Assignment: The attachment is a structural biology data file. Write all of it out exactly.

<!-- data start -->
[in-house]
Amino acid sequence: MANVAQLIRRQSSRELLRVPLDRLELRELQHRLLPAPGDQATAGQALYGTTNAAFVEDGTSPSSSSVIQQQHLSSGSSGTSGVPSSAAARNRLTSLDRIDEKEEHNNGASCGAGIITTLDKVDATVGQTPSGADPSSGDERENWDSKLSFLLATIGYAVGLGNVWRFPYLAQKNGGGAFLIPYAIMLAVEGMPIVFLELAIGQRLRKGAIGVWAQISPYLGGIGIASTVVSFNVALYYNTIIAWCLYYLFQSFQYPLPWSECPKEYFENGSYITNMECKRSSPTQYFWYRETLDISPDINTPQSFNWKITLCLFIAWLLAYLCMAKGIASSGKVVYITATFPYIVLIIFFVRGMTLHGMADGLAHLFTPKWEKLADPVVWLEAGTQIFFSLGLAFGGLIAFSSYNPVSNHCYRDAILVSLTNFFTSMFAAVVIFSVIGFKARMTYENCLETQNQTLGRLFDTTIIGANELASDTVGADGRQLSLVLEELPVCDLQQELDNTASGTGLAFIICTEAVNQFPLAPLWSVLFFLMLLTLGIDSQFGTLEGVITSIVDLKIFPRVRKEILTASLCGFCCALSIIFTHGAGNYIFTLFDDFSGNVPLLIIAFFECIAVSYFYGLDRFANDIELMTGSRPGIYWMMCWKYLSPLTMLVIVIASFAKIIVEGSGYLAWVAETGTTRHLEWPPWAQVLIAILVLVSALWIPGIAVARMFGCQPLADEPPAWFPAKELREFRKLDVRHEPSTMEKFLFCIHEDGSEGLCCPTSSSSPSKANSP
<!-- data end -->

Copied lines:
[in-house]
Amino acid sequence: MANVAQLIRRQSSRELLRVPLDRLELRELQHRLLPAPGDQATAGQALYGTTNAAFVEDGTSPSSSSVIQQQHLSSGSSGTSGVPSSAAARNRLTSLDRIDEKEEHNNGASCGAGIITTLDKVDATVGQTPSGADPSSGDERENWDSKLSFLLATIGYAVGLGNVWRFPYLAQKNGGGAFLIPYAIMLAVEGMPIVFLELAIGQRLRKGAIGVWAQISPYLGGIGIASTVVSFNVALYYNTIIAWCLYYLFQSFQYPLPWSECPKEYFENGSYITNMECKRSSPTQYFWYRETLDISPDINTPQSFNWKITLCLFIAWLLAYLCMAKGIASSGKVVYITATFPYIVLIIFFVRGMTLHGMADGLAHLFTPKWEKLADPVVWLEAGTQIFFSLGLAFGGLIAFSSYNPVSNHCYRDAILVSLTNFFTSMFAAVVIFSVIGFKARMTYENCLETQNQTLGRLFDTTIIGANELASDTVGADGRQLSLVLEELPVCDLQQELDNTASGTGLAFIICTEAVNQFPLAPLWSVLFFLMLLTLGIDSQFGTLEGVITSIVDLKIFPRVRKEILTASLCGFCCALSIIFTHGAGNYIFTLFDDFSGNVPLLIIAFFECIAVSYFYGLDRFANDIELMTGSRPGIYWMMCWKYLSPLTMLVIVIASFAKIIVEGSGYLAWVAETGTTRHLEWPPWAQVLIAILVLVSALWIPGIAVARMFGCQPLADEPPAWFPAKELREFRKLDVRHEPSTMEKFLFCIHEDGSEGLCCPTSSSSPSKANSP